They quote “John Reed Stark, a former Securities and Exchange Commission official” who apparently has never heard of The Lightning Network. And he arrives armed with debunked arguments from the last decade.

“You cannot use it to buy anything: it is too volatile, complex and loaded with fees. There is no intrinsic value “.

The NY Times also quotes the now famous “Michael Saylor, CEO of MicroStrategy, a software company that has amassed a large reserve of Bitcoin.” He takes this opportunity to explain how difficult it is to be a bitcoin maximalist nowadays.

“If you call the risks of someone running, and otherwise healthy, you can be accused of creating a bank run or being a troll. It’s a bit difficult to explain in theory before the accident happens. But now it has happened. “

Last but not least, the NY Times quotes David Zell of the Bitcoin Policy Institute as explaining why bitcoin is worth it.

“What we are saying is that Bitcoin has a set of properties that make it unique. These differences are evident enough that if you are going to have a serious political conversation around the industry, it helps to draw that distinction. “

BTC price chart for 08/02/2022 on Kraken | Source: BTC/USD on TradingView.com

The attack you felt coming

The NY Times had to release the usual FUD. They just had to do it.

“Hardly anyone uses Bitcoin to conduct ordinary transactions. Last year, El Salvador introduced Bitcoin as its national currency, but that project was an incredible failure. “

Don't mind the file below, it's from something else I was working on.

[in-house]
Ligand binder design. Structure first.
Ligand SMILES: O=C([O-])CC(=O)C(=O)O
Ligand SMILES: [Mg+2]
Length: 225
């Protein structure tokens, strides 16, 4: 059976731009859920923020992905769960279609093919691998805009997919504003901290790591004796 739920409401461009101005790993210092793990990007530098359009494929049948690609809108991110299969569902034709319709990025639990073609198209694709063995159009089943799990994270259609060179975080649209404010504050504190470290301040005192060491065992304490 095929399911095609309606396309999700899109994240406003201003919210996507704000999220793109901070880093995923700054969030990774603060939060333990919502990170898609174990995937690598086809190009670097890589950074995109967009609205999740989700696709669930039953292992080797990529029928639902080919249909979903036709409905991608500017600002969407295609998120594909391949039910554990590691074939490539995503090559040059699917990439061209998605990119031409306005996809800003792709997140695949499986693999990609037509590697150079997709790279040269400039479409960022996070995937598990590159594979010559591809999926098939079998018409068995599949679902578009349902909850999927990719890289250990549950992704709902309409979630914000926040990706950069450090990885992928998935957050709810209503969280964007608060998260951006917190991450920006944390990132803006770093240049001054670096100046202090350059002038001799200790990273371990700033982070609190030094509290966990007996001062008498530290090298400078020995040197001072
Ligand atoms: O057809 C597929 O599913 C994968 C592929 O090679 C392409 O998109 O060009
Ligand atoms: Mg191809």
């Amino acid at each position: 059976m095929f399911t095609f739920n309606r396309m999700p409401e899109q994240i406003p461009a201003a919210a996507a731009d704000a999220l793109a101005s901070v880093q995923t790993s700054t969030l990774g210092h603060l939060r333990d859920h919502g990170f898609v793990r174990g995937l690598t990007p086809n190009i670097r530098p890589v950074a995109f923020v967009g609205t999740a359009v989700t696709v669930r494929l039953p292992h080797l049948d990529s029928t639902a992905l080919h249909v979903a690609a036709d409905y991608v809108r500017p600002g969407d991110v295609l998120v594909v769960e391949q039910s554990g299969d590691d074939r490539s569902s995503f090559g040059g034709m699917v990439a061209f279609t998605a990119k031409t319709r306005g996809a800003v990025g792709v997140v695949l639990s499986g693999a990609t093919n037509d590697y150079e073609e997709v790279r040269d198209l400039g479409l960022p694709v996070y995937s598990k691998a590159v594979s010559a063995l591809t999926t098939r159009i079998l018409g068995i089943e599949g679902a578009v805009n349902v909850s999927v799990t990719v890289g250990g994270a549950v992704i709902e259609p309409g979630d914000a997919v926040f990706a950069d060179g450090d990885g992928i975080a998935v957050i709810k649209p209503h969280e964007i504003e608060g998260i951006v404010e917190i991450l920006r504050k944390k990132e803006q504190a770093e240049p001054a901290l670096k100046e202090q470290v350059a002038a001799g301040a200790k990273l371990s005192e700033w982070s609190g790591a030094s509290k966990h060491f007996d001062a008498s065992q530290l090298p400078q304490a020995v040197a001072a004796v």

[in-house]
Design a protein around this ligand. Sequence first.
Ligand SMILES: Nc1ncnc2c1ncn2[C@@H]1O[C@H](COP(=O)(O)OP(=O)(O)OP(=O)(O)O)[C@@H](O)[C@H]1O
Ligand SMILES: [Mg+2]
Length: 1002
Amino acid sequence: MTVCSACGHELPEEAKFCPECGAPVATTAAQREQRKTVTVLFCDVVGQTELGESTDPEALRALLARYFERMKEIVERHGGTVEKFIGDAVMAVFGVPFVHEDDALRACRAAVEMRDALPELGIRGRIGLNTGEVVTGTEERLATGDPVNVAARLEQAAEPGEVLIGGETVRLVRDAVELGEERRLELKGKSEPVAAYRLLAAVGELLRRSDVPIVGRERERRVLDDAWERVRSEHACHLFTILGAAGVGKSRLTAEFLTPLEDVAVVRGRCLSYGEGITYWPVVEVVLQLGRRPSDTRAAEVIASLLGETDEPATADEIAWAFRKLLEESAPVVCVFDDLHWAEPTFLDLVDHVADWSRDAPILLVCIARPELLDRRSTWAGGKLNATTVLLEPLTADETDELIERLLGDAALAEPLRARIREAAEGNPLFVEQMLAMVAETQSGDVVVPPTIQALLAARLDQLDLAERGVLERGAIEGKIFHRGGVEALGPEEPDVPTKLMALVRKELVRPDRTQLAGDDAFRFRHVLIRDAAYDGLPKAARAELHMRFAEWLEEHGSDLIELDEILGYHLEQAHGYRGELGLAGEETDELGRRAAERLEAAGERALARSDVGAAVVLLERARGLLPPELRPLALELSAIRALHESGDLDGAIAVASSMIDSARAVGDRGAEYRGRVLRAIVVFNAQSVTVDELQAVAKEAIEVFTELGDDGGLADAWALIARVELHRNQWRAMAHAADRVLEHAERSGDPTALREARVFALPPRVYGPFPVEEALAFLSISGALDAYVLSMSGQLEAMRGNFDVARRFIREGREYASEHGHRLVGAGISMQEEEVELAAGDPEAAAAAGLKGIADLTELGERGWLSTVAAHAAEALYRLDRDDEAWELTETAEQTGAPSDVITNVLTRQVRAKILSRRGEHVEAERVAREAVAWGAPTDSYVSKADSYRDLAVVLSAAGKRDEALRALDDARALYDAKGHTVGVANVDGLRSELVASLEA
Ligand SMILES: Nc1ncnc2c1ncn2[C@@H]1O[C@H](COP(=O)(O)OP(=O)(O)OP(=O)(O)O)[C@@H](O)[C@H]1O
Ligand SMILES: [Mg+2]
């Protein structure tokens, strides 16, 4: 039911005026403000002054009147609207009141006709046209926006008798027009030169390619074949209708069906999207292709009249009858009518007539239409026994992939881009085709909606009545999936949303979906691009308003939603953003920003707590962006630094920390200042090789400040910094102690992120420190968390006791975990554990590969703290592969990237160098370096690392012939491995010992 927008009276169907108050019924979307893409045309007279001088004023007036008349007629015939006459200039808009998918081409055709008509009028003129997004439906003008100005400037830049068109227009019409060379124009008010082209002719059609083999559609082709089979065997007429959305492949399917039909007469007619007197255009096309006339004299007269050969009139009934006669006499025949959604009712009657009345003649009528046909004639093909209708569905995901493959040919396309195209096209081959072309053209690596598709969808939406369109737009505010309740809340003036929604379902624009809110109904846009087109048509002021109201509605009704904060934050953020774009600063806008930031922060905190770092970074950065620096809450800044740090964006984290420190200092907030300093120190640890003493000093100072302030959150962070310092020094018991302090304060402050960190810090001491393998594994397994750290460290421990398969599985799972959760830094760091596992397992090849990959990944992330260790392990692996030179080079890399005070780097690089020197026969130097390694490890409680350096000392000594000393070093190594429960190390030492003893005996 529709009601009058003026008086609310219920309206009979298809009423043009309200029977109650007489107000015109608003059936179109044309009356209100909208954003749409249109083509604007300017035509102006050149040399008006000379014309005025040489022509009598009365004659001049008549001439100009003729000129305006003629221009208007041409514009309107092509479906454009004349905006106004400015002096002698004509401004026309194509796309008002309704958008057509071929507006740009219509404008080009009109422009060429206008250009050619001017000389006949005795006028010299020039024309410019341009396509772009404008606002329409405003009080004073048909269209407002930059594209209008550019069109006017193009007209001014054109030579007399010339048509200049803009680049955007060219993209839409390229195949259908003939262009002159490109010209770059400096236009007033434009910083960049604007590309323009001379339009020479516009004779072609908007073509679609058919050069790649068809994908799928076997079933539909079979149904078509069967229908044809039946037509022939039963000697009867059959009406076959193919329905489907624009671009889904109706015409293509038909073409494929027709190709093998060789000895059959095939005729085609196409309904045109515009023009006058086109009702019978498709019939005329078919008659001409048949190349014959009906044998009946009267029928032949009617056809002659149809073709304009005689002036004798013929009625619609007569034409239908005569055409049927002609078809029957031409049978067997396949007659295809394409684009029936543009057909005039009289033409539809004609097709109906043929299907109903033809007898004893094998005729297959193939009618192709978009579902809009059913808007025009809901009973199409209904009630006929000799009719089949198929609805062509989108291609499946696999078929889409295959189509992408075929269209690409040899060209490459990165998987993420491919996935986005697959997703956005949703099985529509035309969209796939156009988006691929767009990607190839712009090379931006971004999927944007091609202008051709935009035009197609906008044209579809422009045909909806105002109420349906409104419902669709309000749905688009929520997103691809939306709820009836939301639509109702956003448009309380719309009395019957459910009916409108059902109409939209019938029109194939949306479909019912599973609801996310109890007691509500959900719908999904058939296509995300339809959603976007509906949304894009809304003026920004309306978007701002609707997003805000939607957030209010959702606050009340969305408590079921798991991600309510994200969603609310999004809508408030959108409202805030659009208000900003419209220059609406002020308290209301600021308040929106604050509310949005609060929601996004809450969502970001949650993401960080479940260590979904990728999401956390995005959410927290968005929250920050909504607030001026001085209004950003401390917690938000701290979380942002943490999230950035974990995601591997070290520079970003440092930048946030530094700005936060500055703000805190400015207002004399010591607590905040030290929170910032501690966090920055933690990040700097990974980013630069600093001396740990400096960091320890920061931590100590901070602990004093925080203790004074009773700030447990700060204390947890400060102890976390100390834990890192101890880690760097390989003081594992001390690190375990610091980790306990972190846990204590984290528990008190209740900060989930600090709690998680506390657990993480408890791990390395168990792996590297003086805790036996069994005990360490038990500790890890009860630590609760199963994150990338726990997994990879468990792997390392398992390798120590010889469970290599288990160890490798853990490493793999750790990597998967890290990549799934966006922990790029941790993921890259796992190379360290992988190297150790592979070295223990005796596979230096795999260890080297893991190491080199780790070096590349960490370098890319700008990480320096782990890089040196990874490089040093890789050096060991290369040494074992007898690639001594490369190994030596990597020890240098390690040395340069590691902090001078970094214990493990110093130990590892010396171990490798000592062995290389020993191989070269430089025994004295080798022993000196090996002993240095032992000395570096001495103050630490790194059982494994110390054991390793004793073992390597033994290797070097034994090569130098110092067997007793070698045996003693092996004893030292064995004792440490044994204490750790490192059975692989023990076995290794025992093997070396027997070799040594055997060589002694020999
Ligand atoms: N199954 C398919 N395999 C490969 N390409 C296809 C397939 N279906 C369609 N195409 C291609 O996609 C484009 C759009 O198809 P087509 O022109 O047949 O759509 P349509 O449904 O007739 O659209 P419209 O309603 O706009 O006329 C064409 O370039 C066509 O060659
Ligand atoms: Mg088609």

The first point is quite true, especially considering that bitcoin is only a marginal phenomenon for most of the world population. The second point is a complete lie and a false representation of the facts. Consider this: Other dollarized countries, such as Ecuador and Panama, are suffering the effects of the rampant US money printing. Both countries have recently hosted massive protests and are still in a state of turmoil. El Salvador, on the other hand, is one of the few countries in the world that has experienced some economic growth in recent quarters.

“Verification of Bitcoin transactions, a process known as” mining “because it rewards participants with digital coins, is energy-intensive: Researchers estimate that Bitcoin mining can produce up to 65 megatons of carbon dioxide per year. comparable to the annual emissions of Greece. “

Bitcoinist has countered this misleading narrative once And stillplus we reviewed material that proves otherwise. This time, surprisingly, the NY Times provides the counter itself.

“Now, Bitcoin supporters are building their own political apparatus. This year, David Zell, a Bitcoin advocate, started the Bitcoin Policy Institute, a think tank promoting a pro-Bitcoin agenda in Washington. The institute said concerns about Bitcoin’s energy consumption are exaggerated. “

The NY Times article on bitcoin maximalism is a surprise in itself. We at Bitcoinist give them the hat for showing the other side of the coin for once. Let’s hope it happens again.

Featured Image by Jerzy Górecki from Pixabay | Charts by TradingView

The New York Times building with a filter